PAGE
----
I love Grade 5 science. We learn about neat topics and have so many opportunities for hands-on authentic learning experiences. Why have I been saving the design process for the end of units? Instead of having my students evaluate food products and decide which ones to bring for a healthy lunch at the END of learning about nutrition, I plan on giving them the choice from day one. Once they make their initial choices using prior knowledge, they can continually re-evaluate and change those choices as they learn more about different nutrients and healthy eating habits.

Curation

One form that creative thinking can take is curation. In this task, students gather together sections of works - poems, paintings, artifacts etc. To complete this task, one must understand what makes a specific type of work “good” and worthy of the collection. In the new year, I want to have my students curate different French texts. Sometimes, I find that teaching in a second language can limit a student’s ability to express their creativity. Vocabulary and syntax place constraints – has anyone ever mentioned how difficult French is to master? On the other hand, if students can recognize what a great French text looks like and justify their choices, they think critically about French texts, understand the criteria and components, and then have the opportunity to demonstrate those skills in a creative way.


Finally, as I head off with all my big ideas, I still have so many questions. What about my kids who are “good” at school? If I cease to give them a right answer, will they be uncomfortable for possibly the first time in their school career? This is excellent but definitely overwhelming. How do I help them change their mindset and stay engaged? And as always, the age old new teacher question. How? How do I make sure they actually learn? What if I have great problems and ideas, but fail to guide my students appropriately? How do I deliver content in critical ways? I have my big ideas and questions, but now how do I tackle day to day thinking? I want to make sure that I am teaching the necessary content in ways that encourage critical thinking, but I’m still stuck on the “how”.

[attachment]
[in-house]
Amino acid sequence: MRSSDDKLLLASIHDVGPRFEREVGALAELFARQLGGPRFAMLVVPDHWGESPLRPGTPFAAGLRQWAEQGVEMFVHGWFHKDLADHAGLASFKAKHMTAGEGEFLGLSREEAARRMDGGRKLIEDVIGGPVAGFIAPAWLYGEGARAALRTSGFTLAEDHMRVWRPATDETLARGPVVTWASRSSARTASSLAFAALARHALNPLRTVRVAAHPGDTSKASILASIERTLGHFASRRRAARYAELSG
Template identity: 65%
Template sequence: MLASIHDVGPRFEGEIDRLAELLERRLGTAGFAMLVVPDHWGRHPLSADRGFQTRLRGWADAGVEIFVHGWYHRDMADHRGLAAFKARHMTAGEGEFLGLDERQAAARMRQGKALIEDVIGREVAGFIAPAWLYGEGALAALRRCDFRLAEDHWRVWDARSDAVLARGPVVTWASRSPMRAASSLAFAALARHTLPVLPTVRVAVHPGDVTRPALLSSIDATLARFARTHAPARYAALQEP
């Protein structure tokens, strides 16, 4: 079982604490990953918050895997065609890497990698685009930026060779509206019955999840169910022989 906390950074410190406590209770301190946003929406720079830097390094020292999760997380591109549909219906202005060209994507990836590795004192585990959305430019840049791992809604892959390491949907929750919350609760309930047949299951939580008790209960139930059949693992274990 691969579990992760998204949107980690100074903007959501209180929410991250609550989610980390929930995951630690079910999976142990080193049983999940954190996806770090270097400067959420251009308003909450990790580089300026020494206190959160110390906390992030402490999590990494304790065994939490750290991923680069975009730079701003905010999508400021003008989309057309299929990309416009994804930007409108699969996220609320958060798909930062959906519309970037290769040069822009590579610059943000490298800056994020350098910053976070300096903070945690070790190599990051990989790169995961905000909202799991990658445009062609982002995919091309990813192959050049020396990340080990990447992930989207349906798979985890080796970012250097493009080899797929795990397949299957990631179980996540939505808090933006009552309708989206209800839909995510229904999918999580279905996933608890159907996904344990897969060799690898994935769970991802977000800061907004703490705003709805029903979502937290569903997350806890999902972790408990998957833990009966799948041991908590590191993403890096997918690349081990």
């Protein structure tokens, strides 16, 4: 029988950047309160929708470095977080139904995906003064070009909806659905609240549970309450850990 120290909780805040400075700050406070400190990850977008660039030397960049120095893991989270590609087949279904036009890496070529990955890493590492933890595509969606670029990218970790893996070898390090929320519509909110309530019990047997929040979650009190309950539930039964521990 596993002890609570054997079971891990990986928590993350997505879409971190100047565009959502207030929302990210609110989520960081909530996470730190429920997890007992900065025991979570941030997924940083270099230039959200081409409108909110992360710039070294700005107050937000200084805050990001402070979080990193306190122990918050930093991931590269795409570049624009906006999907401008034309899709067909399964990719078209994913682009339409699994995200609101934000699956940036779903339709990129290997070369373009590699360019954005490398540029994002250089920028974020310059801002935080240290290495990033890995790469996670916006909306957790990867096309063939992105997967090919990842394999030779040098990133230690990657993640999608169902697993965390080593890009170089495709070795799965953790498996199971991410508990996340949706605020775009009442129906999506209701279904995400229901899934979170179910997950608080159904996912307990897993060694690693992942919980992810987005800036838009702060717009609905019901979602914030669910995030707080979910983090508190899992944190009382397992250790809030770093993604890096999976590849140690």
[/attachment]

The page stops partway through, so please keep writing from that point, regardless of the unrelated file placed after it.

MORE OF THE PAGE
I feel very strongly that teaching should be a collaborative effort and invite you along on my journey. Do you have answers to my questions? New ideas or questions that I haven’t even considered? I’d love to hear your thoughts and suggestions on how to incorporate critical and creative thinking into our classrooms. 


Meghan BurnsAbout the Author

Meghan Burns is a second year Grade 5 French Immersion Teacher at École Charleswood School. She is passionate about collaboration, dedicated to continued growth as an educator and is always looking for ways to get students hooked on learning! You can find her on twitter @madameburns

Posted by Meghan Burns at 12:53 PM

Currently, 4 Comments

This is such an insightful and inspiring blog post, Meghan. I hope some other educators have some answers to your questions. Thank you for such a thoughtful reflection.

December 10, 2018 at 9:39 PM by Cheryl Chaban

I like the idea of teaching being a collaborative effort. Why not open your classroom up to a teacher you trust to be honest with you about your practice and ask them for some feedback? Working together, collaboratively inquiring into these questions of practice may help to grow in really powerful ways.

December 12, 2018 at 7:24 AM by Brenda

Thanks Meghan for posting your reflective thoughts and inspiring educators to think beyond the traditional classroom. I teach English to high school kids and I implement many of Kelly Gallagher and Penny Kittle’s ideas from their lastest book 180 Days. Having students read and reflect on current topics in today’s world provokes meaningful discussion.

December 15, 2018 at 2:25 PM by Margaret Murray

I am sharing your blog post with staff in my school through our weekly PD - "Flipped Fridays" (I send a description of a short learning opportunity to staff and if they are interested, they sign up, read or view, and discuss with any others who have done the same). I appreciate your interest in collaboration and as I went to follow you on twitter, I realized I already do! Follow me back @hlkwells. Also - check out #observeme on twitter if you haven't already!

January 8, 2019 at 9:39 AM by Heather